Photography by William Godwin
Special thanks to Isabel Eljaiek
and Tricycle Gardens
April 22 2015
As the sun sinks low over the garden we find ourselves with dirty fingernails and soil-caked knees, a salty outline along the tops of our foreheads and the sting of mosquito bites on our ankles. Once considered an annoyance, these marks are now a badge of honor, and we grin as we collect our bounty of cucumbers, tomatoes, peppers and zucchini into a basket that is far too small. We gather in the kitchen and the bounty of the garden beds are scrubbed and chopped, sautéed, grilled, or roasted into a meal that is exceptionally satisfying because we truly created it with our own hands. The surplus is scrubbed and stored or sent home with our helpers and friends in brown paper bags.
All are welcome in the garden to weed, to fertilize, to plant seeds and turn soil and remove the occasional slug. We start the season with the manual labor of tilling and removing the weeds that didn’t freeze in winter, while also mapping where each seed will be planted to germinate and root and one day feed our community. The excitement of choosing seeds becomes a communal affair, asking questions like does anyone else like broccoli raab? What is your favorite tomato variety? If I have too many peppers will you take them home? We plant based on our own needs but also considering those around us. We plant knowing we will feed our friends and family. We plant knowing it is a risk—some seasons bring plenty and some seasons seem to bring nothing but more hard work to keep the garden alive. But no matter how great or lowly the bounty, no tomato tastes so sweet as the one you nurtured to harvest.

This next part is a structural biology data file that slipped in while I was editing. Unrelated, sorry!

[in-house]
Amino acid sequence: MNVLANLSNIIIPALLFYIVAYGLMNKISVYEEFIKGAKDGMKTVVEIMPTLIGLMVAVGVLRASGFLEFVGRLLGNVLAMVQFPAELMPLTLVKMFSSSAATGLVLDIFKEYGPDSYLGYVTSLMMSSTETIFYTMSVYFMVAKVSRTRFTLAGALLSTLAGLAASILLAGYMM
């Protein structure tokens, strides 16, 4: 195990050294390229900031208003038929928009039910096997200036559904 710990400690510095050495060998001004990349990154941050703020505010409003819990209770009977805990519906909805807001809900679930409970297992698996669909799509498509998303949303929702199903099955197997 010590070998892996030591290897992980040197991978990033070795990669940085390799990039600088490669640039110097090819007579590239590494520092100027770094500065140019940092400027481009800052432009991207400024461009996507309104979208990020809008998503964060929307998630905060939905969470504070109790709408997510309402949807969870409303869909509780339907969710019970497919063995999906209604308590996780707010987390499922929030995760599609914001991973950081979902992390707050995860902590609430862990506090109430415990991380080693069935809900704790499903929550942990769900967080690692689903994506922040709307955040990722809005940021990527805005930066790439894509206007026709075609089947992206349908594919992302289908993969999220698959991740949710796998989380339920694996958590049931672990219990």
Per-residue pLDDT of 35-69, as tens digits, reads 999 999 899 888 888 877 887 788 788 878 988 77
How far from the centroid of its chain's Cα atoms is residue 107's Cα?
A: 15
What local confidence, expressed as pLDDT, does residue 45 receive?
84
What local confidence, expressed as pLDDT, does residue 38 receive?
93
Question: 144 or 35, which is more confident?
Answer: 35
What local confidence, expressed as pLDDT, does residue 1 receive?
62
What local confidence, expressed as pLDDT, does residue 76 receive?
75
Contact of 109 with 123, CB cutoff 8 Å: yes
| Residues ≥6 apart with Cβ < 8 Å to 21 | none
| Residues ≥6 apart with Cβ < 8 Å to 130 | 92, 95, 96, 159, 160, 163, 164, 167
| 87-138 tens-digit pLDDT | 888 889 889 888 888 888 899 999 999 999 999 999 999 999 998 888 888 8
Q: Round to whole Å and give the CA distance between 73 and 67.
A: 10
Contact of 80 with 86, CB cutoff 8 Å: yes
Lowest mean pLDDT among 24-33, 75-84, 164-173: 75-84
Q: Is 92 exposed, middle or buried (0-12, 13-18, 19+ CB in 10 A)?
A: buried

Of course, we live in a world of bell peppers with produce stickers and trucks that bring “fresh” peaches all the way from Georgia and sprinklers that turn on periodically to keep the shelved greens from wilting. But what we gain from the garden is the slow process, the confidence of knowing exactly what carried our fruit from seed to sprout, the relying on the near and familiar earth of our own backyards to sustain us. We facilitate and then observe a transformation. There is a greater appreciation in knowing we have food to fill our bellies, we need not visit those big stores with fluorescent lights and humming refrigerators—we simply need to voyage across soil. There is our sustenance.
Nearly all of this process brings us great reward even outside of the food, but perhaps the most significant is the opportunity to share the knowledge we have been given. Why should we learn to plant and sustain if we keep this enlightenment within the confines of our fence? Had we fields in the heart of the city, a greater garden would be built for all who could reach it. Children exposed merely to the tiny trees planted along their sidewalks would come and make mud pies and exclaim that they never knew potatoes grew underground! We would teach the hungry how to sow, and come longer days and plentiful sunlight they would walk lightheartedly home with their arms overflowing.
If such a garden is never built, the burden lies on us to open the gate and invite our neighbors in. We are called upon to share our portion, sustain our communities, and make it possible for the garden to continue to grow, always.